metafold.:.currency | ethan feuer // new work

136: liminal selects | nyc photo series________15 August, 2013

hey all,

hope everyone’s doing grand. i’m currently trying to gather together my last bits of hardware for a new digital editing process (and potentially drawing process). that should be up and running within the next few days; you can also rest assured that i’ve been hard at work on some prose stories, but i’m a bit hesitant to share them just at the moment (i think i need to work up my confidence on prose fiction). or maybe it’s a mark of my writerly maturity that i’m holding back my work. yeahhhh. that’s it!

in the meantime, in a desperate bid to maintain your attention while i fall behind on one project after another (anything that doesn’t have a paycheck attached–and some that do–i serially bungle to my best ability), i’m uploading my submissions for the aperture prize (spoiler: i lost). that’s okay! i really wasn’t expecting to win that one, and as with a lot of things in the world, it is necessary to kiss many frogs (almost wrote “frongs”, which should totally be a word). anyway, i selected some favorites from liminal and cobbled together some explanatory text (see below). feel free to reach out with comments / reactions (as always)!

Liminal originated as an attempt to familiarize myself with New York, a city in whose shadow I had lived since birth, yet rarely entered. I was fascinated with the city’s potential for instantaneous loneliness in the face of seemingly endless diversity and fragmentation. Everyone’s place was here, but how to find it?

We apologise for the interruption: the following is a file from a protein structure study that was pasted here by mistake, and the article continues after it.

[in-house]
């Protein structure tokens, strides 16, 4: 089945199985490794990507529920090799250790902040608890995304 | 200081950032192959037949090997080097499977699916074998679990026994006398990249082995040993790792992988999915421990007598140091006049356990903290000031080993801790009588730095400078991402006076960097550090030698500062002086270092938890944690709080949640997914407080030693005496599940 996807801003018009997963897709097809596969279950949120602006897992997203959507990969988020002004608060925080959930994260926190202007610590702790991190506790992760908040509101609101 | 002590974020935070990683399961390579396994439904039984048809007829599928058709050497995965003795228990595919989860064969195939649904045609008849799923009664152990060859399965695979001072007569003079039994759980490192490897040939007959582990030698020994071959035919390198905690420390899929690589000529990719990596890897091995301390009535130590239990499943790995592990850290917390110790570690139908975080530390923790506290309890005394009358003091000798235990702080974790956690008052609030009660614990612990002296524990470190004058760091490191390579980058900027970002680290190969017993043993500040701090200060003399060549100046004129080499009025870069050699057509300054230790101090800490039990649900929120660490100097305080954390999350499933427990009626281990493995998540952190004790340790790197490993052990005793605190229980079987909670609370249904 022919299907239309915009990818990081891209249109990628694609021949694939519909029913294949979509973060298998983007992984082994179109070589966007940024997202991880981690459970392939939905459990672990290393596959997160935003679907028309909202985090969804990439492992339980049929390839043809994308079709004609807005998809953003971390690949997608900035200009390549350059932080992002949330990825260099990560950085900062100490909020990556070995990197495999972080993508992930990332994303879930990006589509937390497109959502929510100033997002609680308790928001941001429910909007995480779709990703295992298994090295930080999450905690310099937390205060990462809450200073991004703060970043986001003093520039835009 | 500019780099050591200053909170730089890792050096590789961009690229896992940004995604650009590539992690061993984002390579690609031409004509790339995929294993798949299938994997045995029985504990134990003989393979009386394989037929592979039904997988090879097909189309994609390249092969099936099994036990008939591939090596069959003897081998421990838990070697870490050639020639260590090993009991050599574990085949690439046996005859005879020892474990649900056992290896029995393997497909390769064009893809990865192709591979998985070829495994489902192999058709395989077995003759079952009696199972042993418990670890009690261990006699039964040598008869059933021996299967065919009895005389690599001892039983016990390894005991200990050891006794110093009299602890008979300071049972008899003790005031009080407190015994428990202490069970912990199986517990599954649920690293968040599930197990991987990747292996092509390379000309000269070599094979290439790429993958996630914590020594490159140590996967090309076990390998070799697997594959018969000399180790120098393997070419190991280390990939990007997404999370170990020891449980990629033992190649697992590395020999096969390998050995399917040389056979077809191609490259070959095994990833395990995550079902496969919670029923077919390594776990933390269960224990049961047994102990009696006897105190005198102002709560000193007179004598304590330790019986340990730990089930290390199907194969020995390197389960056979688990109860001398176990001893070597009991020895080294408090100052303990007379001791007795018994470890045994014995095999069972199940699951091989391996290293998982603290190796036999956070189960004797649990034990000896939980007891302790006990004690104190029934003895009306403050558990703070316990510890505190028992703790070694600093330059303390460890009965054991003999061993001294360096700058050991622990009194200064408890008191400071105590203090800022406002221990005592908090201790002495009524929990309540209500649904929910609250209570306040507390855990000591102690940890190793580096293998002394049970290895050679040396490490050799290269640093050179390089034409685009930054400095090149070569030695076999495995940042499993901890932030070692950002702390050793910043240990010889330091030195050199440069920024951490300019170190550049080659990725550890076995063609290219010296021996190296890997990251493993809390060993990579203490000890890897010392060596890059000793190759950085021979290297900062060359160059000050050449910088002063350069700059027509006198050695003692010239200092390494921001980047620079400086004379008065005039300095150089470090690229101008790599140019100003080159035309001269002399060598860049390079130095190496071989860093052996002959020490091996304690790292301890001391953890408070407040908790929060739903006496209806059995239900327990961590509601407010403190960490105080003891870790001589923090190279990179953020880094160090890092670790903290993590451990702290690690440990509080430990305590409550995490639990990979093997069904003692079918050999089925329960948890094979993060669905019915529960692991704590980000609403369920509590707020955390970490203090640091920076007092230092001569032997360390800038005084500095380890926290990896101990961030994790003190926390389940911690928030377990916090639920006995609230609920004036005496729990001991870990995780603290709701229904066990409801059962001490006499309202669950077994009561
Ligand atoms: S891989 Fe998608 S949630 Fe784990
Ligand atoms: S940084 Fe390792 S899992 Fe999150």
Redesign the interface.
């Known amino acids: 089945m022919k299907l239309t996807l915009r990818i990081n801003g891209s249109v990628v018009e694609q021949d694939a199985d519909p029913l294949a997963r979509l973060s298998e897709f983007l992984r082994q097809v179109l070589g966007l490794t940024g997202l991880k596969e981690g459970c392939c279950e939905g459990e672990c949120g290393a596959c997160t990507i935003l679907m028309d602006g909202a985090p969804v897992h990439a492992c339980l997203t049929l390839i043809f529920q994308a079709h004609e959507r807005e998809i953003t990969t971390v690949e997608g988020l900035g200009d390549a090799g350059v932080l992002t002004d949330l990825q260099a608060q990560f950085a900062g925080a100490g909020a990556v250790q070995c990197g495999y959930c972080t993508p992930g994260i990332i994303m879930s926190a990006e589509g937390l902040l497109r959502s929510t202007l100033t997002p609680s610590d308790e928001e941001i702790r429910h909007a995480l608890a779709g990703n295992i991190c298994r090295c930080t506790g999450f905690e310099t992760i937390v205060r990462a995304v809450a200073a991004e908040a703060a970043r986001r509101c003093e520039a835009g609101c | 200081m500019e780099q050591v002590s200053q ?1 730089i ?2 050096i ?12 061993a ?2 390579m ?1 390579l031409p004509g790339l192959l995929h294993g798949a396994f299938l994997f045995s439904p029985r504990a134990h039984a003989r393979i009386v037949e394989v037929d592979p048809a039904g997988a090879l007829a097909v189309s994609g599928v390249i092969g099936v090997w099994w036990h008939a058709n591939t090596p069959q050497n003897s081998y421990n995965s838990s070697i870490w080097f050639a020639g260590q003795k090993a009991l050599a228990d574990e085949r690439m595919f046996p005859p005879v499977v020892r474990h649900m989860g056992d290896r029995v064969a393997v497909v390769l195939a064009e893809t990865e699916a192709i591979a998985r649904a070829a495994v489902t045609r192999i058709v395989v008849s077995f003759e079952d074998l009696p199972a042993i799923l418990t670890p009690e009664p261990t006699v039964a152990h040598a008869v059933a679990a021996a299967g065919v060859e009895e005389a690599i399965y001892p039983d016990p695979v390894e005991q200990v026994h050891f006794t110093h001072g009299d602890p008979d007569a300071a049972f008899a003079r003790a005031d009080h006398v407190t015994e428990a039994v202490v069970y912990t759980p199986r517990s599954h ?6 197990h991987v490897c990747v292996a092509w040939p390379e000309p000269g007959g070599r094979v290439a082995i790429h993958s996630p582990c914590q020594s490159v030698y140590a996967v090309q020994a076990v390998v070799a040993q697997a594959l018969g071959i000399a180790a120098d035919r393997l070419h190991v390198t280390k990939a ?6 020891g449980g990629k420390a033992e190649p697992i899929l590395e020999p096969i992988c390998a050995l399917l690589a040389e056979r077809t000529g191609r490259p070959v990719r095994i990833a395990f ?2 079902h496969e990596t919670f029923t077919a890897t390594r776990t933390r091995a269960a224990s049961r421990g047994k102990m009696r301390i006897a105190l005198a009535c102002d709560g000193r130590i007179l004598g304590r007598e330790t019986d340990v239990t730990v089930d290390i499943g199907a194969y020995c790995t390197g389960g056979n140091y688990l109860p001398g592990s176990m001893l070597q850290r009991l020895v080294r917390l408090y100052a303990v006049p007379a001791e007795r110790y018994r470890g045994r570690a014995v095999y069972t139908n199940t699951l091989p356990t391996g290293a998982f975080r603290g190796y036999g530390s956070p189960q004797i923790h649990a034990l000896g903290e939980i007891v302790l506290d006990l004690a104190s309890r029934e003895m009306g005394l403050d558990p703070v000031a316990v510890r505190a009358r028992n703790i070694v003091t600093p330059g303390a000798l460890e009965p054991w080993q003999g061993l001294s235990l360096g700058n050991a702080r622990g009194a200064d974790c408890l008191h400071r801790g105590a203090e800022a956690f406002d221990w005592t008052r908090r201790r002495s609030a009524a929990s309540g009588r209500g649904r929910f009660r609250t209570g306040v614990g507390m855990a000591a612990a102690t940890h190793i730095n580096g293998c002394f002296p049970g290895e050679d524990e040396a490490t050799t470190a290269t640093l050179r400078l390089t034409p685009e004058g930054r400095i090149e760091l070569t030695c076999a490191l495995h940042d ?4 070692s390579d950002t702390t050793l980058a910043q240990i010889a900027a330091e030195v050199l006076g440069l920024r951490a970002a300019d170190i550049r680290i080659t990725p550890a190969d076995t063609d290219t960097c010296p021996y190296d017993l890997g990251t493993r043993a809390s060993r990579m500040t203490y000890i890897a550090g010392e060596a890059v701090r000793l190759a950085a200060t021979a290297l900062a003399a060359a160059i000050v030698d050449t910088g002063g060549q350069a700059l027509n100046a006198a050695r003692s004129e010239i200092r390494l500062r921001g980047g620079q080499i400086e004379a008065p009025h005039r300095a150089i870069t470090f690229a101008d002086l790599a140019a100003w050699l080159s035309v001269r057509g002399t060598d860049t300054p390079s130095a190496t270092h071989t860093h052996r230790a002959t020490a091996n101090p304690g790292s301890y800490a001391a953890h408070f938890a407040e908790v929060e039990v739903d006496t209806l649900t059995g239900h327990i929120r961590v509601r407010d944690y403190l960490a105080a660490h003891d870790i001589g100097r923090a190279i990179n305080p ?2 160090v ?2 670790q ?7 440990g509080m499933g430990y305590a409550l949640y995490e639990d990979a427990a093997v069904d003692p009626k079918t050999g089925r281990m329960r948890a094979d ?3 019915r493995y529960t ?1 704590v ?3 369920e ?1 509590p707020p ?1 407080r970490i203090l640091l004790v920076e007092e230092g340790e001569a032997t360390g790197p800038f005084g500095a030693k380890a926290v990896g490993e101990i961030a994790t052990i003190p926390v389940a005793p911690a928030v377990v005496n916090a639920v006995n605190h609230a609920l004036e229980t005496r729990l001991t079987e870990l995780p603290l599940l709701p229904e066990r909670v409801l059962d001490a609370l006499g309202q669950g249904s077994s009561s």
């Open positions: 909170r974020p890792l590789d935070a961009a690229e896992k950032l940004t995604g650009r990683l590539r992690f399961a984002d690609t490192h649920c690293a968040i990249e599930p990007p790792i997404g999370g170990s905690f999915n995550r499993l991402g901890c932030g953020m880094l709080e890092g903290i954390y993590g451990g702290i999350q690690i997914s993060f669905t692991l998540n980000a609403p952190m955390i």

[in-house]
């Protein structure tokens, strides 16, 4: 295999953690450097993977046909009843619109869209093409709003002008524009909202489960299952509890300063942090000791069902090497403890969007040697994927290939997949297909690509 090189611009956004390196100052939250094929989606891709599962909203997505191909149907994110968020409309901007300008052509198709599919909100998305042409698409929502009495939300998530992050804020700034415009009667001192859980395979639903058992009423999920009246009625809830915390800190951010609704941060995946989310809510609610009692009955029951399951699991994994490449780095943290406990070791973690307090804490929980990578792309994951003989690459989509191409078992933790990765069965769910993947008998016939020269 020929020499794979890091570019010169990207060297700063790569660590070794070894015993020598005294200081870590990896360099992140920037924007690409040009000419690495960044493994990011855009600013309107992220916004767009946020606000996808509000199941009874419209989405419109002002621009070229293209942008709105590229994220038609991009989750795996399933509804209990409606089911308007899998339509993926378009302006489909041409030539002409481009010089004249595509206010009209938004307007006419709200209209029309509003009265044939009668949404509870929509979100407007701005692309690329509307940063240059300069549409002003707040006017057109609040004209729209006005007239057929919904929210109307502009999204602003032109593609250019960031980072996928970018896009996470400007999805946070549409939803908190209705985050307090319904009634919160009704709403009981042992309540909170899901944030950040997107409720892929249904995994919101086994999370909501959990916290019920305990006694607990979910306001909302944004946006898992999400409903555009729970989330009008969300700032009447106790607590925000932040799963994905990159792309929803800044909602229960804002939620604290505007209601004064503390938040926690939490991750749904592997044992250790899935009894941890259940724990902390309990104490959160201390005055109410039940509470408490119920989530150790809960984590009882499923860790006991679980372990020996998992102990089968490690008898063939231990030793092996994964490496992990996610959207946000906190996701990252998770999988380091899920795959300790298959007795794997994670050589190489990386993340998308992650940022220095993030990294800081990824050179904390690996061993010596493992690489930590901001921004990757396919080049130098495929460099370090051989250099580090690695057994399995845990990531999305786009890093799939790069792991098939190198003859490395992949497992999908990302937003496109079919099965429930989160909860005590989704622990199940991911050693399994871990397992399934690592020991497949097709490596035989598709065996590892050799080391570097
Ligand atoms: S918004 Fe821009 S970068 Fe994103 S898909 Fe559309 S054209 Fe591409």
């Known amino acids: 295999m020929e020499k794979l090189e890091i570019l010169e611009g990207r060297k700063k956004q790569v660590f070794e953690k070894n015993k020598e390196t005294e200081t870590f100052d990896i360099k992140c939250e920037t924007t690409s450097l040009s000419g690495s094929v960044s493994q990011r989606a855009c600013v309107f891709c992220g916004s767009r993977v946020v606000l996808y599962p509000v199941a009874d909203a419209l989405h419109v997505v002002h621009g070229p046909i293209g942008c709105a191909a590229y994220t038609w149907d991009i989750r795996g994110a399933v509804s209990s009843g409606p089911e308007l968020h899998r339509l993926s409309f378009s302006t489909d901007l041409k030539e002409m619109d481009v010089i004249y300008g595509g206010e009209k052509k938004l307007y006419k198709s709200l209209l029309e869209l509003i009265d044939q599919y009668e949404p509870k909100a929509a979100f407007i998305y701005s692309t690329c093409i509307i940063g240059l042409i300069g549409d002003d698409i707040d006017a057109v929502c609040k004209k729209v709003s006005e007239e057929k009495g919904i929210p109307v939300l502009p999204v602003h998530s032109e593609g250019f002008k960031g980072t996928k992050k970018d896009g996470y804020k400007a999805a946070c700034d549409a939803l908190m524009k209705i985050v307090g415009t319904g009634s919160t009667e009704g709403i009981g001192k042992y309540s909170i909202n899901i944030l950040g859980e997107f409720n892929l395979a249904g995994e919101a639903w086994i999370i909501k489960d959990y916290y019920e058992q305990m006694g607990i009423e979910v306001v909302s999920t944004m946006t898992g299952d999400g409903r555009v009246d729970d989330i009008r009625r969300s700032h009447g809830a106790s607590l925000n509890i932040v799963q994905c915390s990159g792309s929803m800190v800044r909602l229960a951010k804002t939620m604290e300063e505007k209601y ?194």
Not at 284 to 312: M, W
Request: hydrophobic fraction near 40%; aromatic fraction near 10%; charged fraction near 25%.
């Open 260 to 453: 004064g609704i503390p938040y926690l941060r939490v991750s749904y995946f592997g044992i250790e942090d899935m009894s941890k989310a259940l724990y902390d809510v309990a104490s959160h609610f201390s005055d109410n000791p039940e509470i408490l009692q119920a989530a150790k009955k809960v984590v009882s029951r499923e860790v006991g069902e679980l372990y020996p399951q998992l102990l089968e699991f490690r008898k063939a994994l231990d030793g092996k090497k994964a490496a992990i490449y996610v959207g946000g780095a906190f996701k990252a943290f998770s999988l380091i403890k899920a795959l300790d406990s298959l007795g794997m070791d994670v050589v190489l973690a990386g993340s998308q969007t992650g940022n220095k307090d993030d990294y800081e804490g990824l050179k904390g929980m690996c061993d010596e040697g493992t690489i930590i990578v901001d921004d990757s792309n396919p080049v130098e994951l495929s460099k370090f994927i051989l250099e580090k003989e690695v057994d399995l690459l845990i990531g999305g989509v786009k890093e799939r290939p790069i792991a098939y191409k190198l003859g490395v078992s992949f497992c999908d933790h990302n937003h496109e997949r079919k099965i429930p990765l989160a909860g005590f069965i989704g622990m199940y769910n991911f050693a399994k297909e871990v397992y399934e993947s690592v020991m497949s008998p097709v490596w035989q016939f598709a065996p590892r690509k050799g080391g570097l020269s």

What began as exploration through traditional street photography evolved into a researched documentary project, as I attempted to set down “true” or “real” boundaries between neighborhoods. In some cases, dividers are so concrete as a bridge (Roosevelt Island), or a wall (Navy Yards). In others, the transition is so amortized that it is barely perceptible (e.g. Clinton Hill to Bed-Stuy). Sometimes a neighborhood’s entire identity is recently manufactured (the Flatiron District), or has remained undefined altogether (Broadway Triangle).

Ultimately, between its urbanistic content and my own background, the project assumed a secondary fascination with architecture, which serves not only as a fossil record of the neighborhood (c.f. Park Slope and Bed-Stuy brownstones), but a wellspring of rigorous photographic tropes. Perspective-correction, subject-centrality, symmetry, and attention to detail and text play naturally against the incidental, uncorrected techniques of street photography.

The images I like best in the series, and the ones I’ve selected to enter for the Aperture Prize, are those that simultaneously play on these tropes of architectural and street photography, and express something endogenous, playful, or unique to the neighborhood.

115: the middle sea | landscape series________20 December, 2012

back from the middle east. jetlagged and impatient, and somehow glad to see brooklyn again. i haven’t (and won’t for some time) had time to unpack (photos, possessions, ideas) but i did want to look a particular string of shots i took before getting back to my life.

needless to say, not a lot of things are agreed-upon in the middle east — least of all names. but, to my surprise, the mediterranean (“midland” or “middle earth” in latin) is one of them. apparently, the greeks called it similarly: μεσόγειος (“mesogeios” or “middle earth”), as does modern hebrew הַיָּם הַתִּיכוֹן (hayam hatikhon, “middle sea”), and arabic (البحر الأبيض المتوسط, “white middle sea”). everyone agrees it’s the middle sea.